Winkler and Virgina Gosch: Love & Generosity
Winkler and Virginia Dietz Gosch were inseparable, and proverbial opposites. Theirs was the kind of love that songs were written about.For the Gosches, establishing a fund with The Foundation was a way to know that their plans, their causes and their dreams wouldn't end with their deaths, but would continue.
Winkler and Virginia Dietz Gosch were inseparable, and proverbial opposites. He, tall with a gruff exterior; she, petite with a voice that brought to mind a nightingale. Theirs was the kind of love that songs were written about—literally. Although Winkler was a ham radio operator he was also a part-time songwriter, scripting sweet ballads of dreams and love, lost and found.
When Virginia died on New Year's Eve in 1999, a part of Winkler went with her. He sprinkled her ashes around a favorite tree behind their home, which they built out of view from even their neighbors. When Winkler died nearly six years later, the home was sold and his ashes were sprinkled around the same tree. In life and death, they created a world that was theirs alone.
It was also a world without heirs, as the couple had no children. Still, Winkler and Virginia Gosch's names live on nearly a century after their births, thanks to the couple's $2.1 million bequest to The Community Foundation in 2006. Miriam G. Olsen, assistant vice president of the Trust Company of Connecticut, remembers the couple fondly.
"I met them when they were getting older, but you could still see their love for each other," Olsen said. "When Virginia died, you could tell how heartbroken he was. He kept all these pictures of Virginia at the convalescent home. But still, he had a wicked sense of humor, and everyone loved him."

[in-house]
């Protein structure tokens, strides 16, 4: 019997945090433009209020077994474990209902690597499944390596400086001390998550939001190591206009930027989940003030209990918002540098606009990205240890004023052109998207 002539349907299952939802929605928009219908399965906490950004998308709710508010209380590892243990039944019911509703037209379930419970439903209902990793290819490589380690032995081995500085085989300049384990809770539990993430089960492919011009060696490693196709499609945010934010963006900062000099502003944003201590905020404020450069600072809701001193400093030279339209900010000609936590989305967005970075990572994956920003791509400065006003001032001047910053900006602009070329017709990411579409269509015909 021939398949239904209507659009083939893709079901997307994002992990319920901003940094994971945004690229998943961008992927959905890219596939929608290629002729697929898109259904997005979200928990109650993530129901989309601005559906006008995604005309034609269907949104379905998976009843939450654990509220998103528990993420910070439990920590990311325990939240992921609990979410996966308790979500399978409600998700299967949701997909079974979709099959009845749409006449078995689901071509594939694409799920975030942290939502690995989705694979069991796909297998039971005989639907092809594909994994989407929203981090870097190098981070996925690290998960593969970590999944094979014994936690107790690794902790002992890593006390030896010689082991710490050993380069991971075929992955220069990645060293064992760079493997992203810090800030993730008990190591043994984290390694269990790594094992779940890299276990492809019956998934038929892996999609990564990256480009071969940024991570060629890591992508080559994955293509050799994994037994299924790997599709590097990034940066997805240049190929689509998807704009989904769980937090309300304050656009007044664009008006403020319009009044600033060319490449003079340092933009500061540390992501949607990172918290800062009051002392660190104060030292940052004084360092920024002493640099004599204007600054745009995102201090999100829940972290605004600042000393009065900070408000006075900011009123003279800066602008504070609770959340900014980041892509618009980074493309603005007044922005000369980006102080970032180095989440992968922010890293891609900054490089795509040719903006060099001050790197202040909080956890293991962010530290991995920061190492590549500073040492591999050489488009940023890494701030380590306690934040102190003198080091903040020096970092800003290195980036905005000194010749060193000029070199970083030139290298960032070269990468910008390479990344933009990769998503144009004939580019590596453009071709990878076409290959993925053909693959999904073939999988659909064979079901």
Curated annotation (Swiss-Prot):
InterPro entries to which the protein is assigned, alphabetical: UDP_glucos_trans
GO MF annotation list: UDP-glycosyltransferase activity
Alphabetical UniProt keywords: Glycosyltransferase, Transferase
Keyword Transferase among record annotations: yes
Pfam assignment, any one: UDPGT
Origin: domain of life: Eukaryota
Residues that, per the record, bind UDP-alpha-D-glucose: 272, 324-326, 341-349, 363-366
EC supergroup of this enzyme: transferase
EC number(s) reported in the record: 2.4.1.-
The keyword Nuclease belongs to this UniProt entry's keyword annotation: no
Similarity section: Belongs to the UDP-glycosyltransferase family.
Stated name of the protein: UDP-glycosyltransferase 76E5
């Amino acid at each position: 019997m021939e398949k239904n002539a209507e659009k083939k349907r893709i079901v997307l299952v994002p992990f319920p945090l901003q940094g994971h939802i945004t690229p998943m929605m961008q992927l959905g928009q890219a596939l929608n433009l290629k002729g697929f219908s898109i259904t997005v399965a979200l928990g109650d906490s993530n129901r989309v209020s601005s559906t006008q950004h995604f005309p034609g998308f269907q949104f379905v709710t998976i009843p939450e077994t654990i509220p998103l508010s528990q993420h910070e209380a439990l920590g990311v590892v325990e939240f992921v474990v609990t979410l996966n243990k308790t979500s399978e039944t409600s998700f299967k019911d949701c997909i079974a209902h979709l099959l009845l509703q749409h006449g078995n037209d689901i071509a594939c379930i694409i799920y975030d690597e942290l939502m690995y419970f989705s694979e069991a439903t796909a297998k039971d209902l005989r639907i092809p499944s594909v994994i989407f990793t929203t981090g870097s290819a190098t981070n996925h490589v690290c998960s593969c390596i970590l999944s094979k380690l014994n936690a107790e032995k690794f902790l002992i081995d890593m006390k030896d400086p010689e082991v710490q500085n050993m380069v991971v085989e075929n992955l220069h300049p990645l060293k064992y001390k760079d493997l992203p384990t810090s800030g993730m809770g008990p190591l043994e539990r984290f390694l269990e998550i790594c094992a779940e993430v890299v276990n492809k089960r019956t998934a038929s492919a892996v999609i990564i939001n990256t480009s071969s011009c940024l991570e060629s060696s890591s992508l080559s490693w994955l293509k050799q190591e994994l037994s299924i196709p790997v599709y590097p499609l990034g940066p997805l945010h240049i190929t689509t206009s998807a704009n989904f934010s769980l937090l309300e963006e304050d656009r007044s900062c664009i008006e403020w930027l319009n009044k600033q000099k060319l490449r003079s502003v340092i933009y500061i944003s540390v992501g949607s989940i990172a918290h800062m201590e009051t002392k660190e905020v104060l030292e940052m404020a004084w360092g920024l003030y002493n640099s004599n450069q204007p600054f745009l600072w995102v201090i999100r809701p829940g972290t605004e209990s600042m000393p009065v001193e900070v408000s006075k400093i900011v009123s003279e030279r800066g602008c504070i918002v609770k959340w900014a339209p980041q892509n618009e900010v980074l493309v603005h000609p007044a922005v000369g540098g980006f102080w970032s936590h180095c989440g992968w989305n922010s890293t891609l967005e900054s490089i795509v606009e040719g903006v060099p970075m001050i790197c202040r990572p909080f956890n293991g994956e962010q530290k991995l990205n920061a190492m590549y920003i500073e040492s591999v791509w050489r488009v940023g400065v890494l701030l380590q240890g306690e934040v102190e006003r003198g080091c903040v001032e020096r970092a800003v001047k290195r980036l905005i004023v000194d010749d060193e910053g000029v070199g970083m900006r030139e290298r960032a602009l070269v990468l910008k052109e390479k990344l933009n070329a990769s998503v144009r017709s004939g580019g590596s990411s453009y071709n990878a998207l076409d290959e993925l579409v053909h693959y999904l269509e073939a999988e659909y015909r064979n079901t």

Through the Trust Company, a division of NewAlliance Bank, Olsen assisted with the administration of the Gosch's trust, which was established for them during their lives. Upon their deaths, the trust was continued through a bequest to The Community Foundation, establishing in 2006 the Winkler C. Gosch and Virginia D. Gosch Fund. The fund serves a variety of wildlife and environmental interests, including Friends of Animals, the Connecticut Audubon Society and The Nature Conservancy.
For the Gosches, establishing a fund with The Foundation was a way to know that their plans, their causes and their dreams wouldn't end with their deaths, but would continue. And there were practical reasons as well.
"I remember telling Virginia and Winkler," Olsen says, "that this is the way to continue to support your causes forever and to have your legacy connected to your community."
You too can create a lasting legacy through a permanent endowment that benefits your community for generations. To learn more, please email Sharon Cappetta or call 203-777-7071.